Notes to editors

The Department of Meteorology at the University of Reading is internationally renowned for its excellent teaching and research in atmospheric, oceanic and climate science. Established in 1965, it is the only UK university which offers a full range of undergraduate and postgraduate courses in meteorology.

In 2005 Meteorology at Reading was awarded the Queen’s Anniversary Prize for Higher and Further Education.

In the latest Research Assessment Exercise (2008), 75% of its research was graded as world-leading or internationally excellent. It is the highest-graded department focusing on the fundamental science of weather and climate in the UK.

Additional notes and a glossary of terms and acronyms

SEP stands for Solar Energetic Particle. Small events are common but large events occur more rarely. The size of an event is gauged by the flux of particles above a threshold energy and for the size of event studied by the researchers at Reading, there are of order 1-10 events per century, depending on the level of solar activity. Recent research indicates that large SEP events occur most frequently for average levels of solar activity. It is thought that the activity must be high enough to generate large CME events, but the yield of SEP particles is higher if the interplanetary magnetic field (IMF) is low because the CME is more “super-Alfvénic” (the equivalent of supersonic when a magnetic field is present and the medium is ionised). The combination of these two effects is thought to make large SEP events more common at middling solar activity levels.

CME stands for Coronal Mass Ejection. It is the ejection of a vast amount of material (of order 1 million, million, million, million kg) from the solar atmosphere into the solar system. They travel at super-sonic and super-Alfvénic speeds (several hundred kilometres per second) and as a result a shock front forms ahead of them that accelerate SEP particles to very high energies. CMEs are more frequent when solar activity is high.

IMF stands for interplanetary magnetic field. This magnetic field is generated in the Sun and dragged out of the solar atmosphere by the solar wind flow. It is important for two reasons. Firstly, it shields the Earth from galactic cosmic rays, so that the flux of cosmic rays reaching Earth decreases as solar activity increases (and vice-versa). Secondly, the efficiency of SEP production by a CME increases with decreasing IMF.  The strength of the IMF varies with solar activity levels.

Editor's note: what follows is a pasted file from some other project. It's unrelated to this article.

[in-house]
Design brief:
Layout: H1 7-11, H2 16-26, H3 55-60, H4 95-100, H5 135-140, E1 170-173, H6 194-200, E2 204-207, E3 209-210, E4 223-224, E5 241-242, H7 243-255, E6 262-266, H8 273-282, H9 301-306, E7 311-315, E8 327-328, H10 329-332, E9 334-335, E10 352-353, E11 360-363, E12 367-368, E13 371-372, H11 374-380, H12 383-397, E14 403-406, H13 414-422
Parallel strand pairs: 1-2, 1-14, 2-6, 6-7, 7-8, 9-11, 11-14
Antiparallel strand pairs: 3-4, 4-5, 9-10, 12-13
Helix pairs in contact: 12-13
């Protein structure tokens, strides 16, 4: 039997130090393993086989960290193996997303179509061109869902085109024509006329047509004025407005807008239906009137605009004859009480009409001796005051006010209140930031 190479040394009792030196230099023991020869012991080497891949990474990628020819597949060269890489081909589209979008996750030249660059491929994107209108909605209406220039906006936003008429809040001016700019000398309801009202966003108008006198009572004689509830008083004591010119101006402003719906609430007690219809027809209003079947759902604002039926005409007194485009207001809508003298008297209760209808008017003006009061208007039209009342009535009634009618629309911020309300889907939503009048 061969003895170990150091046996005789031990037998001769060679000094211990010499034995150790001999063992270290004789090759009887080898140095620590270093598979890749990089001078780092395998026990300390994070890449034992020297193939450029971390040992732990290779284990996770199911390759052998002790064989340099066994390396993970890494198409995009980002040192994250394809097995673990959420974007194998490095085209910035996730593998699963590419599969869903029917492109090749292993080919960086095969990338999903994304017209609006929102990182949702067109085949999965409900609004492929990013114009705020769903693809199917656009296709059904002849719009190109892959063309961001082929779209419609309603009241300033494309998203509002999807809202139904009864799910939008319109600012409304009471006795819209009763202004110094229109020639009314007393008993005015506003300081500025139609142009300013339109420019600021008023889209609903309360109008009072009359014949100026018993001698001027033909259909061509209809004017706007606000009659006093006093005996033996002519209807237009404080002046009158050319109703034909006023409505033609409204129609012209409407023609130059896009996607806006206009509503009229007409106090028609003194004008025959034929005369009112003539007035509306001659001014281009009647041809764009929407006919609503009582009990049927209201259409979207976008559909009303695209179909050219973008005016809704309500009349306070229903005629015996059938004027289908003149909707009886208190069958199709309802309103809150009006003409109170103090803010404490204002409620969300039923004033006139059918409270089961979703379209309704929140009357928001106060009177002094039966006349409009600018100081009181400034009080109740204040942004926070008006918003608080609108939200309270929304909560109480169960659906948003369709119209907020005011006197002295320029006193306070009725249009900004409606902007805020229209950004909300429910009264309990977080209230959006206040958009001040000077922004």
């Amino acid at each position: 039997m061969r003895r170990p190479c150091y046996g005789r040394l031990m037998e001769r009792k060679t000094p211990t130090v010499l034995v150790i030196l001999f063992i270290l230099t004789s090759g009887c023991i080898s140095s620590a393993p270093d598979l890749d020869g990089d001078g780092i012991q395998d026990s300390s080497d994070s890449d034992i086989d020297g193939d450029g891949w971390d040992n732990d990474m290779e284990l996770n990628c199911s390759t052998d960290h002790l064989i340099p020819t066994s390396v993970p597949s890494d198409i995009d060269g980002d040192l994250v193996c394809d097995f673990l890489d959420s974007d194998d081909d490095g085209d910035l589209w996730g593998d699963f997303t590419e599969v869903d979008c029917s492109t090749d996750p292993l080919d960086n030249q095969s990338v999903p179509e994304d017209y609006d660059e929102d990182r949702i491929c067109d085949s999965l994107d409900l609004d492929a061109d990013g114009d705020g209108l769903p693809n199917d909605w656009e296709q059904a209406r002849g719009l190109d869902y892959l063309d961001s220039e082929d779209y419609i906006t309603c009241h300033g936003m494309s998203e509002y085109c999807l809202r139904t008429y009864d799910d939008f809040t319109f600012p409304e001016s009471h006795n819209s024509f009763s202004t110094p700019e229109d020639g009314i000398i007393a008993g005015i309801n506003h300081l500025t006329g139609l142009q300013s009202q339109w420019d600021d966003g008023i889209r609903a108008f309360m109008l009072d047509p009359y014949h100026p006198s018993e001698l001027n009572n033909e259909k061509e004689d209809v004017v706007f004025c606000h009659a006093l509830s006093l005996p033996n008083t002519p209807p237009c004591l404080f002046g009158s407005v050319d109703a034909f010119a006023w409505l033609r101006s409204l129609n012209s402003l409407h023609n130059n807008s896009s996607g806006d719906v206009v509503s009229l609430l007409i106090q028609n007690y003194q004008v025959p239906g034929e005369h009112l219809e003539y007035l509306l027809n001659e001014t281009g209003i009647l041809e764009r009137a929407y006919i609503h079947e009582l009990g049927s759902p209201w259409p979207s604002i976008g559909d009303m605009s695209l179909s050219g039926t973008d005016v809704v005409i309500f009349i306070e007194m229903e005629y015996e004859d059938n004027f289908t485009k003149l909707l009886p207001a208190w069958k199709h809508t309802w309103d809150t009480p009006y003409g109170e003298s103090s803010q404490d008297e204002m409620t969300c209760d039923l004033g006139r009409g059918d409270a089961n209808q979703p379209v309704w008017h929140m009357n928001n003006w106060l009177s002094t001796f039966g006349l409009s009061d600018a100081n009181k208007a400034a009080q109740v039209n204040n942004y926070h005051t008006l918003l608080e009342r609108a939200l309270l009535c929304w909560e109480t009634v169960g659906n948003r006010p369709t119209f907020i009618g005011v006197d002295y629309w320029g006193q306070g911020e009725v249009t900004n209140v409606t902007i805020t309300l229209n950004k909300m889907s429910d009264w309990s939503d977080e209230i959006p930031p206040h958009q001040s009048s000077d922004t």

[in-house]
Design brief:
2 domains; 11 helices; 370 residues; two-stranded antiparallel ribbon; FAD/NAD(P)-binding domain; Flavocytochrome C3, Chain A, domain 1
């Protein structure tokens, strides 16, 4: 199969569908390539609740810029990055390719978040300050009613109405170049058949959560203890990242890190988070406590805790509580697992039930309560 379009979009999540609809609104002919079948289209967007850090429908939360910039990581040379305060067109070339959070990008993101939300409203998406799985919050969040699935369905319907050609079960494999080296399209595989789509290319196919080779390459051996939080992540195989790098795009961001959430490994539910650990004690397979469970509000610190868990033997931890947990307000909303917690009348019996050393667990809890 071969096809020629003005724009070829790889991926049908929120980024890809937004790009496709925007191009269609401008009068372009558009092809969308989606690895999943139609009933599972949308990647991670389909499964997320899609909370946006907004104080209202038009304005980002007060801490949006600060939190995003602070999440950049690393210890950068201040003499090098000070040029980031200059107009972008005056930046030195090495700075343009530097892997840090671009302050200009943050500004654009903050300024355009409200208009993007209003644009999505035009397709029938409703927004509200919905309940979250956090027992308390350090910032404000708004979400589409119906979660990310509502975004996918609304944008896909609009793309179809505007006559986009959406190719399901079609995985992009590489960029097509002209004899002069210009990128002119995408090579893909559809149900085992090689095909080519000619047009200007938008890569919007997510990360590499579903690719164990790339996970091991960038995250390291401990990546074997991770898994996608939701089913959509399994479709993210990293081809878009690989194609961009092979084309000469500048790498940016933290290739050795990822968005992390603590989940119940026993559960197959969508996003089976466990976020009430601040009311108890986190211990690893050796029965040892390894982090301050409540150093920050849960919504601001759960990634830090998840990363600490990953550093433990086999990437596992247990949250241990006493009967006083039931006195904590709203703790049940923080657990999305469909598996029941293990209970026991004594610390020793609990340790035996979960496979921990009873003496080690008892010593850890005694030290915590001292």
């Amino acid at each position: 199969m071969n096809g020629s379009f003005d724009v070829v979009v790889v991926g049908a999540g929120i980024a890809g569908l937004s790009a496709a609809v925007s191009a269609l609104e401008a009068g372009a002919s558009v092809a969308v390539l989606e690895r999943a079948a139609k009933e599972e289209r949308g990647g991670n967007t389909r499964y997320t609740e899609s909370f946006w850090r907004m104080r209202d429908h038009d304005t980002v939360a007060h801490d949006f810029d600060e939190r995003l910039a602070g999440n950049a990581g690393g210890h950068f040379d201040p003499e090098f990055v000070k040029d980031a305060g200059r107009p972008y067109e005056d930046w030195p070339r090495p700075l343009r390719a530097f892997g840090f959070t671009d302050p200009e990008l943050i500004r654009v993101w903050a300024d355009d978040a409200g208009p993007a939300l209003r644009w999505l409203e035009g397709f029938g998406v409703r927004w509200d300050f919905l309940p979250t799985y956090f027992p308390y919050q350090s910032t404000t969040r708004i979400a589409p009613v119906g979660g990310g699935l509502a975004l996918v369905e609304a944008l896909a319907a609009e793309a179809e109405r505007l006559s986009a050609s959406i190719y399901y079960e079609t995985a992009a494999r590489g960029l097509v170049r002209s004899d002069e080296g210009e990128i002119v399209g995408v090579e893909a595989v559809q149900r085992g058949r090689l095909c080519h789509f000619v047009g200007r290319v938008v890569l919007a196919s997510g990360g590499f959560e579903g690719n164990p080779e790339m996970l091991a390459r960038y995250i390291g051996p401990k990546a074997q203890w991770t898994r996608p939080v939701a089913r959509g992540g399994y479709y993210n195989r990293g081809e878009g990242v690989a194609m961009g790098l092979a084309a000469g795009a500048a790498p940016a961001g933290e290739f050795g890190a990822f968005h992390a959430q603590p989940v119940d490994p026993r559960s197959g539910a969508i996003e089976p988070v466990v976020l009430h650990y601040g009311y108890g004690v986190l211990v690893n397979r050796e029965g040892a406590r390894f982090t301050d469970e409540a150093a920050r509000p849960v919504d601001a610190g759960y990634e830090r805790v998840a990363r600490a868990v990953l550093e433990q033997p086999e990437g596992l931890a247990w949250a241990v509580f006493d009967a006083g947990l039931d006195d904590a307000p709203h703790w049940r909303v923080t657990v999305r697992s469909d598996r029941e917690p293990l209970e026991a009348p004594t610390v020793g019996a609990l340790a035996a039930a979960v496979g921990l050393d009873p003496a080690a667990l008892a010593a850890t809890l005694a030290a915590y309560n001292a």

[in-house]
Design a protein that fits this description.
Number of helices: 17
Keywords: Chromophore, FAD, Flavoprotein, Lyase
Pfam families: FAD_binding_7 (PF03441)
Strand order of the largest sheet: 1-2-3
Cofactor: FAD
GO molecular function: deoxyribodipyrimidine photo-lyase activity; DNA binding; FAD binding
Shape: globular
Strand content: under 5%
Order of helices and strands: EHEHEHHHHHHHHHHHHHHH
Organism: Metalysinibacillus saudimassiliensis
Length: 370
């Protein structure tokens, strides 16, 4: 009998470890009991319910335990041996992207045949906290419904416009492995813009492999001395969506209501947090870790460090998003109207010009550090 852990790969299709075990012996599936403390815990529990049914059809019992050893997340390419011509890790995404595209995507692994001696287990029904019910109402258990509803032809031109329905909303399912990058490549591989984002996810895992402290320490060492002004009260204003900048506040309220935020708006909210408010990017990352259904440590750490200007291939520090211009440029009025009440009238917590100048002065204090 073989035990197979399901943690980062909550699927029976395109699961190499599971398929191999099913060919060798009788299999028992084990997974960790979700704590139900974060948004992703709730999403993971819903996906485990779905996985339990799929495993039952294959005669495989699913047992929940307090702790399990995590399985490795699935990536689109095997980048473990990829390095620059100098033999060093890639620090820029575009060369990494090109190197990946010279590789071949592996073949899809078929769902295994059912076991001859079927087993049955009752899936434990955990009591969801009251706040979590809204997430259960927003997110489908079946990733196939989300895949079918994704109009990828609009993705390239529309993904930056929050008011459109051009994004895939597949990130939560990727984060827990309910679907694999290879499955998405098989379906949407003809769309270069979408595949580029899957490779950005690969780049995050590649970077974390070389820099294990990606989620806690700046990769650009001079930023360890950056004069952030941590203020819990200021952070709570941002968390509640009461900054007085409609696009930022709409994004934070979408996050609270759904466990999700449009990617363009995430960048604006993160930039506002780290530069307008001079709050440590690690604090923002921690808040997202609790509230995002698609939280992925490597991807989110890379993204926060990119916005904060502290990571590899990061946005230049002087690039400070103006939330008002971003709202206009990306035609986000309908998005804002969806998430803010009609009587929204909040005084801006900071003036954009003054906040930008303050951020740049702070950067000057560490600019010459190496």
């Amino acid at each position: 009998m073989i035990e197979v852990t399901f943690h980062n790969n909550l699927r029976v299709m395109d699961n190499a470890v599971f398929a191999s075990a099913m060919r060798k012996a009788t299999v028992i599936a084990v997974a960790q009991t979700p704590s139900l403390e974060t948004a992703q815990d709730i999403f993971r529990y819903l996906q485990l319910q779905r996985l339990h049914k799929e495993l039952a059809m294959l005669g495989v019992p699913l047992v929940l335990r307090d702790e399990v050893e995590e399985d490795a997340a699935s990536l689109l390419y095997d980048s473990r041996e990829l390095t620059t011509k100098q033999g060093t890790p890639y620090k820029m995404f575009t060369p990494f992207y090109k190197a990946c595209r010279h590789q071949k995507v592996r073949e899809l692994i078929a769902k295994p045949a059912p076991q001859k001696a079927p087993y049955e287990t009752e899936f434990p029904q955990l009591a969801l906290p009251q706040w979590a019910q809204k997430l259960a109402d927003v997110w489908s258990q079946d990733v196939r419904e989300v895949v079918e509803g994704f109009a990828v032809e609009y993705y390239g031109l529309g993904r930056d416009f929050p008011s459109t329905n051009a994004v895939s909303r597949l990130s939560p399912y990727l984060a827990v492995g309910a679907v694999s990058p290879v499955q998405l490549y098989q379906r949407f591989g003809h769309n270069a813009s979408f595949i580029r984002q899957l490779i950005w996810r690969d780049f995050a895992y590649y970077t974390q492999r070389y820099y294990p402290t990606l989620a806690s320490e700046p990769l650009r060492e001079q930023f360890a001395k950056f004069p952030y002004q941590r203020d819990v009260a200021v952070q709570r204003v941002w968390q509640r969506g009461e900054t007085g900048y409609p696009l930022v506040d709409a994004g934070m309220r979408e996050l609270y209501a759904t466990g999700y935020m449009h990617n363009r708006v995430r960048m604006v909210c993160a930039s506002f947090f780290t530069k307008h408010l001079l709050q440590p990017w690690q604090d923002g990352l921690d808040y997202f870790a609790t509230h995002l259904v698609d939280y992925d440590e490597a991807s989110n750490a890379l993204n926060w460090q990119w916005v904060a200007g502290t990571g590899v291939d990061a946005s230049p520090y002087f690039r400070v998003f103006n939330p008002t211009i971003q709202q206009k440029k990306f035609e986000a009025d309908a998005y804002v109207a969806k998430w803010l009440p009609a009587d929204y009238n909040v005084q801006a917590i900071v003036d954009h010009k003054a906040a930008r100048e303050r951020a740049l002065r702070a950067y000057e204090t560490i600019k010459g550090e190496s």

Solar activity. This is a general term for the production of magnetic field in the convection zone of the Sun (the outer third), its eruption through the solar surface (where is gives sunspots), and its emergence through the solar atmosphere to become the IMF (see above). Solar activity varies over a decadal-scale cycle (which usually averages 11 years in length) and over centuries as the Sun oscillates between grand minima and grand maxima

The Maunder Minimum. The most recent of the grand minima in solar activity which took place between about 1650-1700. Cosmogenic isotopes show that there have been 12 such minima in the last 9300 years.

Grand solar maxima. A series of high activity solar cycles. The cosmogenic isotope record shows that there have been 24 such maxima in the past 9300 years. Recent decades (since 1920) form the longest-lived grand solar maxima in that interval.

GCR stands for galactic cosmic rays. These particles are accelerated at the shock fronts ahead of violent events in our galaxy, such as supernovae explosions. They form a continuous flux of particles. The number reaching Earth decreases as the strength of the IMF increases.

Radiation doses. Nations have their own legislation setting the allowed limits of ionising radiation dose that individuals should be exposed to. These limits are generally lower for members of the public than for workers who deal with radioactive material as the latter have protection and medical screening not afforded to the public. These normally relate to the integrated dose over a whole year and apply on the ground within the nation concerned. There are no such legal limits for passengers and crew within an aircraft but there are recommendations by The International Commission on Radiological Protection (ICRP).